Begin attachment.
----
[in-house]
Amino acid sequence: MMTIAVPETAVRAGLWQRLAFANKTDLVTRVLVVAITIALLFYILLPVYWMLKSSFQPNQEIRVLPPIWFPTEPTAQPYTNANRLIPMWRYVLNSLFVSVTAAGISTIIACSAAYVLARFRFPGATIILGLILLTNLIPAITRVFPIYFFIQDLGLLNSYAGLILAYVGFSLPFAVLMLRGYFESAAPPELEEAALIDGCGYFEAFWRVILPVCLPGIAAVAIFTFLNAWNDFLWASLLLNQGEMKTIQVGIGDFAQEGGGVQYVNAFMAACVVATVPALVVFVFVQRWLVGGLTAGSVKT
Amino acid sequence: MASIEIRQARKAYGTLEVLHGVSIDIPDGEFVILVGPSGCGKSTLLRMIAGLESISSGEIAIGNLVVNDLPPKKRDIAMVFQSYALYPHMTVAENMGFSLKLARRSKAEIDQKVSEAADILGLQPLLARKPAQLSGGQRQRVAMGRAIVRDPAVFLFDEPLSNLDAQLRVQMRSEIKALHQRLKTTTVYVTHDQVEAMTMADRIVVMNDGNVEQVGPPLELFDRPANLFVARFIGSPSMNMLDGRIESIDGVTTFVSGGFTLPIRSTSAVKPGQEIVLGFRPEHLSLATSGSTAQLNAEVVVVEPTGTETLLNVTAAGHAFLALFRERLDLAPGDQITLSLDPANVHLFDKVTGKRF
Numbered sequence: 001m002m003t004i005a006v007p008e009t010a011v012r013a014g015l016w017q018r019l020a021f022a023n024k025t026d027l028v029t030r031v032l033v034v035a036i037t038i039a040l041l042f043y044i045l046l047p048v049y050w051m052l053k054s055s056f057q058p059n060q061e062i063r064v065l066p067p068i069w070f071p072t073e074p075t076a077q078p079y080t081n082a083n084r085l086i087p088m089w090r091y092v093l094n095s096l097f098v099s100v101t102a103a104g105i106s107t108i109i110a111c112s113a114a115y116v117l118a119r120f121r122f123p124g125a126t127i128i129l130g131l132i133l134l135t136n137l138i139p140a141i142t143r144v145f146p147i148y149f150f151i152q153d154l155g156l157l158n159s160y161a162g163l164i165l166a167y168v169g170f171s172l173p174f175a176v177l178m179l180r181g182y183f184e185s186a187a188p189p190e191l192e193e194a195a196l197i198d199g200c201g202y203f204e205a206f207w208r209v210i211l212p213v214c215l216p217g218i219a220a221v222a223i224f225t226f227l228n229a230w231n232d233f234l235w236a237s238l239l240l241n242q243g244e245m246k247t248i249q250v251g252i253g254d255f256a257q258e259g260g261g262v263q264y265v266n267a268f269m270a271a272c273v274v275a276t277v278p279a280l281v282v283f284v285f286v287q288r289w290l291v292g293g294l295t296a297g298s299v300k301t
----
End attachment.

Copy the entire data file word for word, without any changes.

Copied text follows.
[in-house]
Amino acid sequence: MMTIAVPETAVRAGLWQRLAFANKTDLVTRVLVVAITIALLFYILLPVYWMLKSSFQPNQEIRVLPPIWFPTEPTAQPYTNANRLIPMWRYVLNSLFVSVTAAGISTIIACSAAYVLARFRFPGATIILGLILLTNLIPAITRVFPIYFFIQDLGLLNSYAGLILAYVGFSLPFAVLMLRGYFESAAPPELEEAALIDGCGYFEAFWRVILPVCLPGIAAVAIFTFLNAWNDFLWASLLLNQGEMKTIQVGIGDFAQEGGGVQYVNAFMAACVVATVPALVVFVFVQRWLVGGLTAGSVKT
Amino acid sequence: MASIEIRQARKAYGTLEVLHGVSIDIPDGEFVILVGPSGCGKSTLLRMIAGLESISSGEIAIGNLVVNDLPPKKRDIAMVFQSYALYPHMTVAENMGFSLKLARRSKAEIDQKVSEAADILGLQPLLARKPAQLSGGQRQRVAMGRAIVRDPAVFLFDEPLSNLDAQLRVQMRSEIKALHQRLKTTTVYVTHDQVEAMTMADRIVVMNDGNVEQVGPPLELFDRPANLFVARFIGSPSMNMLDGRIESIDGVTTFVSGGFTLPIRSTSAVKPGQEIVLGFRPEHLSLATSGSTAQLNAEVVVVEPTGTETLLNVTAAGHAFLALFRERLDLAPGDQITLSLDPANVHLFDKVTGKRF
Numbered sequence: 001m002m003t004i005a006v007p008e009t010a011v012r013a014g015l016w017q018r019l020a021f022a023n024k025t026d027l028v029t030r031v032l033v034v035a036i037t038i039a040l041l042f043y044i045l046l047p048v049y050w051m052l053k054s055s056f057q058p059n060q061e062i063r064v065l066p067p068i069w070f071p072t073e074p075t076a077q078p079y080t081n082a083n084r085l086i087p088m089w090r091y092v093l094n095s096l097f098v099s100v101t102a103a104g105i106s107t108i109i110a111c112s113a114a115y116v117l118a119r120f121r122f123p124g125a126t127i128i129l130g131l132i133l134l135t136n137l138i139p140a141i142t143r144v145f146p147i148y149f150f151i152q153d154l155g156l157l158n159s160y161a162g163l164i165l166a167y168v169g170f171s172l173p174f175a176v177l178m179l180r181g182y183f184e185s186a187a188p189p190e191l192e193e194a195a196l197i198d199g200c201g202y203f204e205a206f207w208r209v210i211l212p213v214c215l216p217g218i219a220a221v222a223i224f225t226f227l228n229a230w231n232d233f234l235w236a237s238l239l240l241n242q243g244e245m246k247t248i249q250v251g252i253g254d255f256a257q258e259g260g261g262v263q264y265v266n267a268f269m270a271a272c273v274v275a276t277v278p279a280l281v282v283f284v285f286v287q288r289w290l291v292g293g294l295t296a297g298s299v300k301t